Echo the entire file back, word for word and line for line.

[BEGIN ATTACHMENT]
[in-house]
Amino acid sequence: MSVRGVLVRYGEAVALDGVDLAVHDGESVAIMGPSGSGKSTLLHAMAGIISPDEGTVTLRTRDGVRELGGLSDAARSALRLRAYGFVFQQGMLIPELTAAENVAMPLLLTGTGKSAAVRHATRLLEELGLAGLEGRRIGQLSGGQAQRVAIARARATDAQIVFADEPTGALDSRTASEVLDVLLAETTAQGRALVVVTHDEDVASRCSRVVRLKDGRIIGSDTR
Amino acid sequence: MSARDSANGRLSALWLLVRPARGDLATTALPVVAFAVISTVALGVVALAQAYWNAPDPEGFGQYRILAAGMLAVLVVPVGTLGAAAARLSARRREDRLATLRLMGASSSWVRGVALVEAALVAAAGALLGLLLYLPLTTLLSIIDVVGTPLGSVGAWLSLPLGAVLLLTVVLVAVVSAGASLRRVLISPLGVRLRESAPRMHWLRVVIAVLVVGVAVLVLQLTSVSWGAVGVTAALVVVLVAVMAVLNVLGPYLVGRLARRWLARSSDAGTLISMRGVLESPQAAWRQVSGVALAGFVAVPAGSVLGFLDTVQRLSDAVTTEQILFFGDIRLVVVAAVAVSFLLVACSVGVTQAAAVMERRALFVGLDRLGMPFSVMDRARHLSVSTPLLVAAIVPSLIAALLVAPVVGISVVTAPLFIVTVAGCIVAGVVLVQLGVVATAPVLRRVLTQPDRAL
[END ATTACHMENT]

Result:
[in-house]
Amino acid sequence: MSVRGVLVRYGEAVALDGVDLAVHDGESVAIMGPSGSGKSTLLHAMAGIISPDEGTVTLRTRDGVRELGGLSDAARSALRLRAYGFVFQQGMLIPELTAAENVAMPLLLTGTGKSAAVRHATRLLEELGLAGLEGRRIGQLSGGQAQRVAIARARATDAQIVFADEPTGALDSRTASEVLDVLLAETTAQGRALVVVTHDEDVASRCSRVVRLKDGRIIGSDTR
Amino acid sequence: MSARDSANGRLSALWLLVRPARGDLATTALPVVAFAVISTVALGVVALAQAYWNAPDPEGFGQYRILAAGMLAVLVVPVGTLGAAAARLSARRREDRLATLRLMGASSSWVRGVALVEAALVAAAGALLGLLLYLPLTTLLSIIDVVGTPLGSVGAWLSLPLGAVLLLTVVLVAVVSAGASLRRVLISPLGVRLRESAPRMHWLRVVIAVLVVGVAVLVLQLTSVSWGAVGVTAALVVVLVAVMAVLNVLGPYLVGRLARRWLARSSDAGTLISMRGVLESPQAAWRQVSGVALAGFVAVPAGSVLGFLDTVQRLSDAVTTEQILFFGDIRLVVVAAVAVSFLLVACSVGVTQAAAVMERRALFVGLDRLGMPFSVMDRARHLSVSTPLLVAAIVPSLIAALLVAPVVGISVVTAPLFIVTVAGCIVAGVVLVQLGVVATAPVLRRVLTQPDRAL